30 Aug Houselove x 10
This year marks the tenth that Jill and I have been working on our old house. When we took on our Queen Anne, it was a wrecked frat house — condemned property that had sat empty for nearly a year. Jill loved it at first sight. I said, “No way.” She was absolutely convinced that we could bring the house back from the brink. Never mind that we knew nothing about fixing a house. Painting — that’s all we knew. We could paint really well. Let me say it again: condemned property — no electricity in half the house, no plumbing, no ceilings in three rooms, no lights, garbage piled high in every room, and so on ad nauseum. It took three 30-yard Dumpsters and 79 industrial-sized garbage bags just to clean the place out. Still, we didn’t imagine that it would be two years before we started painting the walls.
I have always loved old houses. But I would not have bought this ruined frat house had Jill not wanted it so badly. That’s how far gone in love I was with her. We had been dating for only six months at the time. Call me impulsive. Is it remarkable that we saved the house and stayed together through all that mess? A sense of humor helps. The ability to live with chaos helps too. As we share the house with two dogs and two cats, chaos has become one of our specialties.
We have a website dedicated to our ongoing adventure: houselove.org It’s a big site because it tracks ten years of renovation. A decade seems a long time until you find yourself at the end of one. When we moved into our wreck, our new friends down the street kept reminding us that their spectacular home was the product of twenty years’ work. Twenty years? I thought. I’m not working twenty frigging years on a house. But I’m halfway there already.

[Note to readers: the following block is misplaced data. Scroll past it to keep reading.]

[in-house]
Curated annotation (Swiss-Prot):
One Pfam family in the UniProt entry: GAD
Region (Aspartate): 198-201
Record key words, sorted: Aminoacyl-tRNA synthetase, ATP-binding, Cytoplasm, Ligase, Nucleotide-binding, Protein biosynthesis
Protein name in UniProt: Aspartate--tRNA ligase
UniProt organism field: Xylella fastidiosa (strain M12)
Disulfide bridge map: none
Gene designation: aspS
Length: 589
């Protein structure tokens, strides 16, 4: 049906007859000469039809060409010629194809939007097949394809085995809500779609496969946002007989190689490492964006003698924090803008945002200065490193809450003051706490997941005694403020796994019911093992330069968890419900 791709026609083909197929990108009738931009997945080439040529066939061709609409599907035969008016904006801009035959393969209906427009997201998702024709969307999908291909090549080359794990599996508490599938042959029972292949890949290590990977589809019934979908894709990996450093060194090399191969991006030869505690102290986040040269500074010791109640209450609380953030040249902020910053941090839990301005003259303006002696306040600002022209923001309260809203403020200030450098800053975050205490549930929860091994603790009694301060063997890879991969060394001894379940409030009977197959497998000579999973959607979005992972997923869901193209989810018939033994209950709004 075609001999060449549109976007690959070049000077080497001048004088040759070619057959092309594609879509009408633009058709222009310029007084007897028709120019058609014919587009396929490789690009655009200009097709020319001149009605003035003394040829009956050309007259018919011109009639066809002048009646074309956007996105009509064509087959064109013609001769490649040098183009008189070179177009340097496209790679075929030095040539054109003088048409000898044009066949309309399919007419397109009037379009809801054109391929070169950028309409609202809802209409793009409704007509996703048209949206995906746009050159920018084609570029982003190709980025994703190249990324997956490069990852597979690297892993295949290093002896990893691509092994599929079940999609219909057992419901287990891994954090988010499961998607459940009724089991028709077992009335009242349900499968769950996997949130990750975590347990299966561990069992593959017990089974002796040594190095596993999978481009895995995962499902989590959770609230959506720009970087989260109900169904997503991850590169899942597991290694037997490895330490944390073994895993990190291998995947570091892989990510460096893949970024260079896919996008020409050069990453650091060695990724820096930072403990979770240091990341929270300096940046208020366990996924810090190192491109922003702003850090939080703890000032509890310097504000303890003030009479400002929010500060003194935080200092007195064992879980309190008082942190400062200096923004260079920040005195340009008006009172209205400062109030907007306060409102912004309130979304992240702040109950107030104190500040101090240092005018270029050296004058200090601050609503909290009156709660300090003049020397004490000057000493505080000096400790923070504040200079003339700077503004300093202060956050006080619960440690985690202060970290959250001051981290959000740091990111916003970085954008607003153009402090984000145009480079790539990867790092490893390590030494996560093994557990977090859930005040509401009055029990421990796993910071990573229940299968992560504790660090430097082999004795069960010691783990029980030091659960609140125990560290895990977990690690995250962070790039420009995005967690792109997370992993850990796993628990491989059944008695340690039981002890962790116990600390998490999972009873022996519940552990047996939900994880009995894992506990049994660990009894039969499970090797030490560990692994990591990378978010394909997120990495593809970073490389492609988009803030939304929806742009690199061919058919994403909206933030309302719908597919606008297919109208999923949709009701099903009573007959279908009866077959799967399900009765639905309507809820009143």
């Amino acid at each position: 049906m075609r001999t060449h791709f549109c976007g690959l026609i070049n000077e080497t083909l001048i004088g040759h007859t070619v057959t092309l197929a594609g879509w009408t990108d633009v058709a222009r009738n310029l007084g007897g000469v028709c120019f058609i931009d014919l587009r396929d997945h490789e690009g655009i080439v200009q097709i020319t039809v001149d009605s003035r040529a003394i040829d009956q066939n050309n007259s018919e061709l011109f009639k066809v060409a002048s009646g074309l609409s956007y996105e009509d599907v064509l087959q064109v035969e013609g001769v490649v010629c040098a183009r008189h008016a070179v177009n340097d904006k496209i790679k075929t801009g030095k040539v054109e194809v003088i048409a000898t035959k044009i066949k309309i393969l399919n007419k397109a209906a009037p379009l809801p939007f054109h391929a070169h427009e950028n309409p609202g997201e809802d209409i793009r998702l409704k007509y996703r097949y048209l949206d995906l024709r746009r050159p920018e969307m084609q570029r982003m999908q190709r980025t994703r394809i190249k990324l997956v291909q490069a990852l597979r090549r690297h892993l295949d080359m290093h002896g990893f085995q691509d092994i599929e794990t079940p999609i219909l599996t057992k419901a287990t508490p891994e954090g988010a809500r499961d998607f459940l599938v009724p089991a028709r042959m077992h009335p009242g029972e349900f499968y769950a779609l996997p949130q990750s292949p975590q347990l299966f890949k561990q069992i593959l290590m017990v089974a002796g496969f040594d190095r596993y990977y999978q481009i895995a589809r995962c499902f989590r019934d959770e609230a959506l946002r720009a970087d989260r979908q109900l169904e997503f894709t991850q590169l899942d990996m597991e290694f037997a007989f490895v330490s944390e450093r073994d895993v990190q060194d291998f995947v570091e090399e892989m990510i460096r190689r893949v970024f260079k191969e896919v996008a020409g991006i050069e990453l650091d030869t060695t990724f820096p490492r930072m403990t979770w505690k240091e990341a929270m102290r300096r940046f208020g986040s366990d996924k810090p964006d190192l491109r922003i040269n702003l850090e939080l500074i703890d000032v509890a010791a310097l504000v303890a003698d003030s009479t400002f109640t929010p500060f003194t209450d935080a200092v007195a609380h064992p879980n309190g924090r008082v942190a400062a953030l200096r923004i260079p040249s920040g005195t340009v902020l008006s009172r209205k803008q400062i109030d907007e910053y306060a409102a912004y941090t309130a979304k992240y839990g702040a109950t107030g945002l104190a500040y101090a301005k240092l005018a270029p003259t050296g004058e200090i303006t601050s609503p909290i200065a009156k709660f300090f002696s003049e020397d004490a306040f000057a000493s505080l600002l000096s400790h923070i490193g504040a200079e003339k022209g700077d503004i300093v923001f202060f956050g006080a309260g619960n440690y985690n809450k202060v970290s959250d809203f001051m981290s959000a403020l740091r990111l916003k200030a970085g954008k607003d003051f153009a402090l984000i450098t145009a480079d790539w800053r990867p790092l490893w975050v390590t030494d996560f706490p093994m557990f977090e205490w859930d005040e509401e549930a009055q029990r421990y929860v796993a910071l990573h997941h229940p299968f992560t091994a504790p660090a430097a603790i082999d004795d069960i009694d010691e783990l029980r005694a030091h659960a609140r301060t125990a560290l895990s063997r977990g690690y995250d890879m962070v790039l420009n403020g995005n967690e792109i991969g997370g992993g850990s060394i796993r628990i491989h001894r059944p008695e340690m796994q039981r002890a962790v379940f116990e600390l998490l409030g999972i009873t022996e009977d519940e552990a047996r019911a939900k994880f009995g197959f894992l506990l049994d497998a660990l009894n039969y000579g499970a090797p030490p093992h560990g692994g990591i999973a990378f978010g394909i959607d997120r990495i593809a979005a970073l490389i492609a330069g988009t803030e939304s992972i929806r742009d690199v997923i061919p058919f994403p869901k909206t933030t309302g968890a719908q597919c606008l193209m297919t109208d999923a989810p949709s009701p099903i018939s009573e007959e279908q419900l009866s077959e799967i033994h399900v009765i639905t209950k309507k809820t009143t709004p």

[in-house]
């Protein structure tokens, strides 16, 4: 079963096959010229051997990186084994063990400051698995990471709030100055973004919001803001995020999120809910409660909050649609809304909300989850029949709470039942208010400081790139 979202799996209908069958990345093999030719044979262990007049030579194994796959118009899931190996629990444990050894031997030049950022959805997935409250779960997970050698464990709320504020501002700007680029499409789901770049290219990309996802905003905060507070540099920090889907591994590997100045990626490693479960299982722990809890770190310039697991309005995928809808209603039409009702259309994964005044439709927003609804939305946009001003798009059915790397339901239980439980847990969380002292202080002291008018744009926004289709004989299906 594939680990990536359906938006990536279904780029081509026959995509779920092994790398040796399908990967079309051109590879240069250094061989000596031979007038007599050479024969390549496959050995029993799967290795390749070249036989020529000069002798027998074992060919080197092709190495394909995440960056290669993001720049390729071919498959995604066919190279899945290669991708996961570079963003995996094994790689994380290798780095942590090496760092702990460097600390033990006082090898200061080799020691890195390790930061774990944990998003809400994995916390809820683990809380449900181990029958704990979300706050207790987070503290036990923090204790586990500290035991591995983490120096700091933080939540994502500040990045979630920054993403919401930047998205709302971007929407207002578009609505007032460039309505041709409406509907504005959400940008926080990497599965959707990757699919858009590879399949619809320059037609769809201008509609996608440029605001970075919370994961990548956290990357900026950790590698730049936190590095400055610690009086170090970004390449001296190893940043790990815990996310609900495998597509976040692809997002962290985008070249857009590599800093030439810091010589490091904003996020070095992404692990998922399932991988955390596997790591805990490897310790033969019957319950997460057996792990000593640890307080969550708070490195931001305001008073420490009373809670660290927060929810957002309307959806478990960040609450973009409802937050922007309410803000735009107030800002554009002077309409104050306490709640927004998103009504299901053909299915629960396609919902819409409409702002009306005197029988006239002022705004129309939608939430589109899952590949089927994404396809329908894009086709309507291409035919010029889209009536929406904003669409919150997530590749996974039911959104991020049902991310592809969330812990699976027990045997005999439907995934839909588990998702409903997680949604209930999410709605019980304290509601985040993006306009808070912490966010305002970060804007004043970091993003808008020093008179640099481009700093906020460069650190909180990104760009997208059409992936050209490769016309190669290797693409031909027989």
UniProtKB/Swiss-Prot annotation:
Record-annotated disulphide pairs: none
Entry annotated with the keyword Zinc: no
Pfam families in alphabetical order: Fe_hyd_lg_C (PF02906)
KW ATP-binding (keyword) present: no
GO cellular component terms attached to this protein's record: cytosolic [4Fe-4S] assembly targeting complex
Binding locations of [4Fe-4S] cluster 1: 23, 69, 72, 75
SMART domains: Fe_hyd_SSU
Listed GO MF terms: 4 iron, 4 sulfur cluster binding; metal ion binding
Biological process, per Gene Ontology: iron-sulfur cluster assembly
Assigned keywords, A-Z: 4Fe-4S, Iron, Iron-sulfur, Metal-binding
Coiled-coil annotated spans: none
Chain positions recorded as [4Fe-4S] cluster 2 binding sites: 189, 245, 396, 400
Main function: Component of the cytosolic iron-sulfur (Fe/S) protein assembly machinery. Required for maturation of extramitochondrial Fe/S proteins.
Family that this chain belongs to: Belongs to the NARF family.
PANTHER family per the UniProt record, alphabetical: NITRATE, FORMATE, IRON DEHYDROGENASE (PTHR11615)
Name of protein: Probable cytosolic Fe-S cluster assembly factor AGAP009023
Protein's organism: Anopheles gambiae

Jill and I got married in our old house, by the way. That was the third year in. At the time, we thought the house was looking pretty groovy. But, the truth is, it was just starting to look livable. NOW it’s looking groovy. But you see how it goes: it’s all relative. You start with an Animal House wreck and pretty soon you’re willing to give yourself a lot of credit for living in something that looks only somewhat wrecked. There are people — a few of my in-laws, for example — who think that we live in a slum because all of the houses are old. Only in America will you get that attitude. Did you know that strip malls across the nation are being abandoned in favor of newer strip malls? We’re creating a landscape of deserted — zombie — strip malls. Something similar is happening with subdivisions.
But I digress. Is 113 years really old? Relatively, I mean. Think England, think France. Think George Washington. Apparently, Jill and I will grow old in this oldish house, tinkering with it and improving it. I should confess that the only reason we keep working on the house is that we keep learning how to do this work better. We could have stopped years ago and the house would have been good enough. But, if you believe in progress and the advancement of humankind, good enough is never good enough. Take a peek at houselove.org and you’ll see what I mean.